1. Interesting. Up until the very last paragraph I was nodding my head along, feeling that you’d spied out the truth about what it means to game casually.

    I agree that as new tools are developed, artists will invent experiences for us that we couldn’t even have imagined previously. It is precisely because of this that casual play is so important.

    As you noted, people have been playing casual games forever, and with good reason. Because they’re fun!

    Crafting a memorable experience is not trivial, and there are many ways to hook into someone’s feelings as they’re experiencing your creation. Games can use the same techniques as books and movies, such as the creation and relief of tension in storytelling, as well as previously unexplored techniques unique to the medium, but as soon as an experience abandons Fun as one of its tools, it ceases to be a game.

  2. I love how you’ve discovered this key distinction, which I really feel is incredibly important, and continue to refine it. I’ll be hounding every designer I know with your posts on this subject :-)

  3. Michael, please. Could you come up with a new idea soon? I agree with them, but you’ve posted the same sort of thing over and over. Their main point(s) are the same.


  4. I agree that the main point is the same. I’m just looking at this same issue from different angles. Somebody has to do it. Because everybody keeps cranking out the same rubbish continuously. I’m sick of it. If they don’t stop, I won’t either.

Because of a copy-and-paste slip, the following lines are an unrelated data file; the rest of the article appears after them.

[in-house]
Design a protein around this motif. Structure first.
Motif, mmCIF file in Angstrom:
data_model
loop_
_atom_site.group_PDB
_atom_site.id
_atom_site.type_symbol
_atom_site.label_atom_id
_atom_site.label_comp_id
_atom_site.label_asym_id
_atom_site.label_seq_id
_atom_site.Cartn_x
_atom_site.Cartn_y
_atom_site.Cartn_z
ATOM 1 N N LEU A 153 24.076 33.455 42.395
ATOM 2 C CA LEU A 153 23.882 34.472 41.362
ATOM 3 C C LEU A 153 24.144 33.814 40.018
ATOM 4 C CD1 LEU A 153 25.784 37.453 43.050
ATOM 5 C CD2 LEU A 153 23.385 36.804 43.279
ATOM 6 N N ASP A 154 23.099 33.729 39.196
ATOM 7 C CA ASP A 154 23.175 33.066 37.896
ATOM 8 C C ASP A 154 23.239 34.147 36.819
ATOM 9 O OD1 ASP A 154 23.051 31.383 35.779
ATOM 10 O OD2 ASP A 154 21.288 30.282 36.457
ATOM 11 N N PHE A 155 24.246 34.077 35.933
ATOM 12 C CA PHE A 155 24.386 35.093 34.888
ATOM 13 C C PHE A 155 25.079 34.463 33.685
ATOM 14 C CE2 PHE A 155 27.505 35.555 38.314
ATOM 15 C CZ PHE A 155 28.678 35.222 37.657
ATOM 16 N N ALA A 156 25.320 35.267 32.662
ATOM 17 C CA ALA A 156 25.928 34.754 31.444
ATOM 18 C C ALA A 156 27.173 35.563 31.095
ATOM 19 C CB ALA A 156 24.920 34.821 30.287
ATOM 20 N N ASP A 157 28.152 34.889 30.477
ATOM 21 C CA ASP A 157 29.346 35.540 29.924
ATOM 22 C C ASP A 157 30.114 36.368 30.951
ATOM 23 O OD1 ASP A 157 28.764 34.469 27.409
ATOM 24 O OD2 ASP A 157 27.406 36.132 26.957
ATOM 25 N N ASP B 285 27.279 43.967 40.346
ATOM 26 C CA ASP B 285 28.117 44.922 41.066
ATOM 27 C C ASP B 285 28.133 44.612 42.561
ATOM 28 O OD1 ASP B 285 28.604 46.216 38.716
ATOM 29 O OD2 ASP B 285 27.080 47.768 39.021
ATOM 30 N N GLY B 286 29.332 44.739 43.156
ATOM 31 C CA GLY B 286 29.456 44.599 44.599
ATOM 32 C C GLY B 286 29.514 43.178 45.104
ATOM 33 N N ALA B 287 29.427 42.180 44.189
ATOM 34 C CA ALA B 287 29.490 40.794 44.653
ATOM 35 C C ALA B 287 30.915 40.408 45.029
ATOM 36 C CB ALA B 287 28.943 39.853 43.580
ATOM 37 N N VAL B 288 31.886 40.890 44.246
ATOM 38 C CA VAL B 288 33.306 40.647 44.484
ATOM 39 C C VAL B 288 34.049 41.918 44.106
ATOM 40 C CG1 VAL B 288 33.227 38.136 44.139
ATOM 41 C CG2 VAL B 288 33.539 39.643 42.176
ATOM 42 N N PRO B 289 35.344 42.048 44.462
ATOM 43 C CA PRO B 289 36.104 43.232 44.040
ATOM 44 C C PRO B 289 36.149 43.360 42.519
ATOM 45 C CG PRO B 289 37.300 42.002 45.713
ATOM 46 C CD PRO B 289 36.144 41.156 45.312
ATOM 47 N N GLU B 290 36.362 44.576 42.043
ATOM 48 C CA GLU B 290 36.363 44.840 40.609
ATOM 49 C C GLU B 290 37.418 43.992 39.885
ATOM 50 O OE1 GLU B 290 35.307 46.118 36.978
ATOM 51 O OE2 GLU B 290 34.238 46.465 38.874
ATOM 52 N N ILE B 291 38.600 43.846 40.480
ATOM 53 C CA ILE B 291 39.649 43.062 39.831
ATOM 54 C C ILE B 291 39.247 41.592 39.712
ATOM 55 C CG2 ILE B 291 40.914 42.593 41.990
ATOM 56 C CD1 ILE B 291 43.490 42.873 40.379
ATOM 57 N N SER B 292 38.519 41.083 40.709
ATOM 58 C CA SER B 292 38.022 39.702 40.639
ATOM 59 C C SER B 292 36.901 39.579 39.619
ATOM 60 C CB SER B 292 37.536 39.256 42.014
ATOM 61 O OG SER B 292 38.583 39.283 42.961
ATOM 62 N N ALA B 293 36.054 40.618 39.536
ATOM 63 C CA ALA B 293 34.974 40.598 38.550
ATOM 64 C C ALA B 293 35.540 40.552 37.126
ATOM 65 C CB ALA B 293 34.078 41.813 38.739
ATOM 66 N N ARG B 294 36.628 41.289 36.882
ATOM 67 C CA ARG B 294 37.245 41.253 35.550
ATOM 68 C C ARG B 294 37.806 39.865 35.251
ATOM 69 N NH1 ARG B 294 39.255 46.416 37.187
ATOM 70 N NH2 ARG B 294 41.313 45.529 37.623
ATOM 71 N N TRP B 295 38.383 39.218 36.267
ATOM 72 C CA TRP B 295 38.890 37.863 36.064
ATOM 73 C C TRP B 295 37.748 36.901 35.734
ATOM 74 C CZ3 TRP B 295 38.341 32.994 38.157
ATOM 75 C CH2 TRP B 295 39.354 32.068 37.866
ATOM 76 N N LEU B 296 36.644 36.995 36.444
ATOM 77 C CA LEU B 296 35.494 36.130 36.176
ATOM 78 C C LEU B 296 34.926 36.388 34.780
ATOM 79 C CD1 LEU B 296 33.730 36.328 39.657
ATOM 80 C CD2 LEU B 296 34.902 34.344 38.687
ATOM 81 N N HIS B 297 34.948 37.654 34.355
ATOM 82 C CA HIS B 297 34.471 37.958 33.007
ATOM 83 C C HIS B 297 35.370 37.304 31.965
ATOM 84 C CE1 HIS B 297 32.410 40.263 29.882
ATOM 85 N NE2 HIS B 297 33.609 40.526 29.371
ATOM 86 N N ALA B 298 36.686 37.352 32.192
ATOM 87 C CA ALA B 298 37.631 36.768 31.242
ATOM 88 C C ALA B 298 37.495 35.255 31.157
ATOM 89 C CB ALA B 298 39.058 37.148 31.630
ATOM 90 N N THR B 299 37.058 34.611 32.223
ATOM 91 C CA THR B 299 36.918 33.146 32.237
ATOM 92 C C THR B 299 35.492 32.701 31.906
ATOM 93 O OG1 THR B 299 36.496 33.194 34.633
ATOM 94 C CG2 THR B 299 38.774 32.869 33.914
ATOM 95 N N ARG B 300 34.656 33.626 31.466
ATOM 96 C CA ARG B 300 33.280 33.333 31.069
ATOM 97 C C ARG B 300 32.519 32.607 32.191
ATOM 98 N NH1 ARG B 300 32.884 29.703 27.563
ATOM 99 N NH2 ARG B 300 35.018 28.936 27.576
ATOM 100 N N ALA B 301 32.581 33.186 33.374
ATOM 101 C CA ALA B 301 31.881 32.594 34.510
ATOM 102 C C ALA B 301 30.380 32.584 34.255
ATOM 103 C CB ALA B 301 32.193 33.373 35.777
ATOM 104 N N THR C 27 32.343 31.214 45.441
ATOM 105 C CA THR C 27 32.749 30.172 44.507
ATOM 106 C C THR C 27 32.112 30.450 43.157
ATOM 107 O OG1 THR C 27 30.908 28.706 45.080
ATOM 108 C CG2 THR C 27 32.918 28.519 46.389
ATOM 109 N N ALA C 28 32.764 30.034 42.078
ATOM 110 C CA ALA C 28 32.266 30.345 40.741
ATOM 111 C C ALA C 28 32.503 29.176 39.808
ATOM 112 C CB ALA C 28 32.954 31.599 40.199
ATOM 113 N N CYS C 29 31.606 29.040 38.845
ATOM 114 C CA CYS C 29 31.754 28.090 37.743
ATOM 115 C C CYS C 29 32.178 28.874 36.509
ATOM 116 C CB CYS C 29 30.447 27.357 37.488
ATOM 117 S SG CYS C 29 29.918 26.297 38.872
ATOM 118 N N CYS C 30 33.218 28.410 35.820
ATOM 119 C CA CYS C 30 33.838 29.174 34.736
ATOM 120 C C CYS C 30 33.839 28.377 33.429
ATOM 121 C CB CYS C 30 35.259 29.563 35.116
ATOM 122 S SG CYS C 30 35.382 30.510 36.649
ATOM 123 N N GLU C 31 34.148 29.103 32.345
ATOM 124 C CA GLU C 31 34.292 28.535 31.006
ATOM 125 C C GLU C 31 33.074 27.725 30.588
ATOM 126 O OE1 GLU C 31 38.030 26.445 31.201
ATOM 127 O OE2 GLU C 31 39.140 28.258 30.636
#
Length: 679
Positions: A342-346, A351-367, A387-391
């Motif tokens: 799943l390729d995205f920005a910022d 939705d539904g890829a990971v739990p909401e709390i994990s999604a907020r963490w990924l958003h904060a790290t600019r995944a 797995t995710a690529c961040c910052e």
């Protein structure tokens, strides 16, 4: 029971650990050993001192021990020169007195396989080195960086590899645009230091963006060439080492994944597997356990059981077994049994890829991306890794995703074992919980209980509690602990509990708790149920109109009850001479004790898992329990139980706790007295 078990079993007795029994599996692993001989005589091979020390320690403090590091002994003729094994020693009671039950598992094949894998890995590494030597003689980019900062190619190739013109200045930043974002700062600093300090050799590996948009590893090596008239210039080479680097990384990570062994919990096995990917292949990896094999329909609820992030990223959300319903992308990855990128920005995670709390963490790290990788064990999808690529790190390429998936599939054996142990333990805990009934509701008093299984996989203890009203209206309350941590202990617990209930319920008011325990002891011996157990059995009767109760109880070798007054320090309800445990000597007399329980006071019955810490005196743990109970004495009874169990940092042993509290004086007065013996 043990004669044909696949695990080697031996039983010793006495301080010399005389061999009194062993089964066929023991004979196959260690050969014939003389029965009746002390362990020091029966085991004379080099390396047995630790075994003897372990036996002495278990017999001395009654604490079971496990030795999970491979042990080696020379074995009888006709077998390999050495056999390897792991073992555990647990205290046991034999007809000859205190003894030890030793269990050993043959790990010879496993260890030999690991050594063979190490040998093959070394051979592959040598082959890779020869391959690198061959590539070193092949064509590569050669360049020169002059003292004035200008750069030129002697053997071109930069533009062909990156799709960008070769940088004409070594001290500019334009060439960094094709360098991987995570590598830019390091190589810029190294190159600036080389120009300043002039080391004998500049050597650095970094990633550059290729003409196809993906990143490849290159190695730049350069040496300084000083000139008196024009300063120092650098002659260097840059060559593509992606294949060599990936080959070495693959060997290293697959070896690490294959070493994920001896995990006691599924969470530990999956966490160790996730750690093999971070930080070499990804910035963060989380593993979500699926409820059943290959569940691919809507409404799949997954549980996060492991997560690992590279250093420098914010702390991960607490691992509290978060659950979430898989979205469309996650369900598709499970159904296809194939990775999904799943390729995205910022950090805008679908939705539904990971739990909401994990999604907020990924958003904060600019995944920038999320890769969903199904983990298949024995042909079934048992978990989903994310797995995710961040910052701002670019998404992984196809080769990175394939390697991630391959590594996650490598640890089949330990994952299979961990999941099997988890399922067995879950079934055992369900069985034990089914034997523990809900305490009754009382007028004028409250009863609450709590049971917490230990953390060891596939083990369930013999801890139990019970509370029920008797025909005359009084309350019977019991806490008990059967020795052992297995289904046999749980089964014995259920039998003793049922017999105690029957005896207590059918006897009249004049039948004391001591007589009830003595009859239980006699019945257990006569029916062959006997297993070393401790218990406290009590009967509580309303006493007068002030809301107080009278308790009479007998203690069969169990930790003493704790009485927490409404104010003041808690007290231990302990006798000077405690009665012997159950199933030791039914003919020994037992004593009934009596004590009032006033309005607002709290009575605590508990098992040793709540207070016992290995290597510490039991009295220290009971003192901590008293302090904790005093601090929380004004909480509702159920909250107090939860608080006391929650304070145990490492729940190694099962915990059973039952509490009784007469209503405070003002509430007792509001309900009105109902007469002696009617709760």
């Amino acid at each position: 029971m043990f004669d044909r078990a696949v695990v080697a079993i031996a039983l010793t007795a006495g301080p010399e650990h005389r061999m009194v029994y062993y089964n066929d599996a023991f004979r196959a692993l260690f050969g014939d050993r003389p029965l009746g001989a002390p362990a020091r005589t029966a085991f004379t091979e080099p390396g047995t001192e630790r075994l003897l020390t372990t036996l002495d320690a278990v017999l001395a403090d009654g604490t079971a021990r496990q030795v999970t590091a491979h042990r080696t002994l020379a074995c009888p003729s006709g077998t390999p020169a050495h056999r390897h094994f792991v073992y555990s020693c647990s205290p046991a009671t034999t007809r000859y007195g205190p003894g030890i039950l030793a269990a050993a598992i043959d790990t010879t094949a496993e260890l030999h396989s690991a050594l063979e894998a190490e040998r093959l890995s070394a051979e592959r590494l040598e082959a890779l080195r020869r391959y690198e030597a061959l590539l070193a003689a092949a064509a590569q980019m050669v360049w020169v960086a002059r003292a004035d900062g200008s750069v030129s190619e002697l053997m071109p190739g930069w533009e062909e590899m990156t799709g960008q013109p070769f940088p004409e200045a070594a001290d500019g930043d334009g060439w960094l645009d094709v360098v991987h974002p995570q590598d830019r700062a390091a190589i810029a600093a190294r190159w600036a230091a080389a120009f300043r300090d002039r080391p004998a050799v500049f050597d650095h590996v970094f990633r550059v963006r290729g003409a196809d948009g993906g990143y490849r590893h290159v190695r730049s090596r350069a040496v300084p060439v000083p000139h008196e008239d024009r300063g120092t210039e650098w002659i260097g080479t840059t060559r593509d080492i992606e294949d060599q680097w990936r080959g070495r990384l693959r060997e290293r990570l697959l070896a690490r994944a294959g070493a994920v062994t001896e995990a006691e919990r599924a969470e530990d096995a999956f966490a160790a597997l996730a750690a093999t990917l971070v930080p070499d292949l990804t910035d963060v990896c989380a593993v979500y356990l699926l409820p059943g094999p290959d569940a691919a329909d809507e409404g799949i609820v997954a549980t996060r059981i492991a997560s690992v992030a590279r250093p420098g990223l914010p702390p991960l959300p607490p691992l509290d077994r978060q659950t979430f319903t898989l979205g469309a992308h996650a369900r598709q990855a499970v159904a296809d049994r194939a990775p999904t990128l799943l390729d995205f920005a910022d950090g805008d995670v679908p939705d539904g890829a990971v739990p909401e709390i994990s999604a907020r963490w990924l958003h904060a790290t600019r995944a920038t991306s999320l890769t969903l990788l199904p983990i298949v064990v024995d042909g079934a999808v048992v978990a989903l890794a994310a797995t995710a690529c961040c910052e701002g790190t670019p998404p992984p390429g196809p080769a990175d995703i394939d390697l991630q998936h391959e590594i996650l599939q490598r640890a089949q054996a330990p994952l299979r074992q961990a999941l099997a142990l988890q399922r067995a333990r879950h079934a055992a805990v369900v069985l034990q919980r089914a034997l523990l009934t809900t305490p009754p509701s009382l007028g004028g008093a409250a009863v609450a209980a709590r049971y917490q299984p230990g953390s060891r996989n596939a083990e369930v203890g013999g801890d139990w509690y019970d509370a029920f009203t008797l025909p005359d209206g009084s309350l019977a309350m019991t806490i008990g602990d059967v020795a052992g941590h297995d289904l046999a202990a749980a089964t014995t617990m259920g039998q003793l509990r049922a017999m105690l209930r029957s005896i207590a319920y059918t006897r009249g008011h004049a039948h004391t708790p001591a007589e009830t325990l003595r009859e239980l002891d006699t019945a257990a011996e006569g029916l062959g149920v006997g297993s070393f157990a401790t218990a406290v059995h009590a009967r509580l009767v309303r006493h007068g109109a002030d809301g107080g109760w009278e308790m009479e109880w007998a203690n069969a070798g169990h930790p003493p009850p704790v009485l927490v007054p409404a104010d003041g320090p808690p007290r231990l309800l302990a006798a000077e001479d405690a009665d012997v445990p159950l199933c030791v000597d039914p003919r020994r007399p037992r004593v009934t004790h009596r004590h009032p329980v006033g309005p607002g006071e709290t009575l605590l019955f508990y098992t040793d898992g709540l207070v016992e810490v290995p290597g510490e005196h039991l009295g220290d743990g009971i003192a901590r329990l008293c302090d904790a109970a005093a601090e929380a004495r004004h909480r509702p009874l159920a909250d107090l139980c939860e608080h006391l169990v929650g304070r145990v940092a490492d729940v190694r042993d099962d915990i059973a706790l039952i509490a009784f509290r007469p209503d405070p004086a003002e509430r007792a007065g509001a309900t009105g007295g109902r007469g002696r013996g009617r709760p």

I promise I will shut up when a game is published that I like to play. It’s been years now. My Playstation is gathering dust. I’m bored. Make something nice already!

  5. I’ve been more of a “hardcore gamer” as some might say, and to me, these articles definitely offer a fresh and genuinely inspiring perspective on these things.

    Reinforcing your main point by approaching it from different sides might not offer anything new to someone who already agrees with you, as that would probably mean preaching to converted.
    But it might make your thoughts more accessible to someone like me who’s still somewhat following what the big fat industry keeps throwing at us.

    Anyway, keep fighting the good fight, buddy ;).

  6. I agree with Chuck, this point needs to be hammered home. We’re so close. I enjoy the big releases, but it bothers me that someone who enjoys good novels or arthouse film would find so little to like in the world of games. Everything is still so mired in genres.

    For example, I wish someone would take the dialogue tree out of Mass Effect and make a realist game set in an office, with lifelike characters rather than space marines. Not that I don’t love space marines, mind you – but we need something more.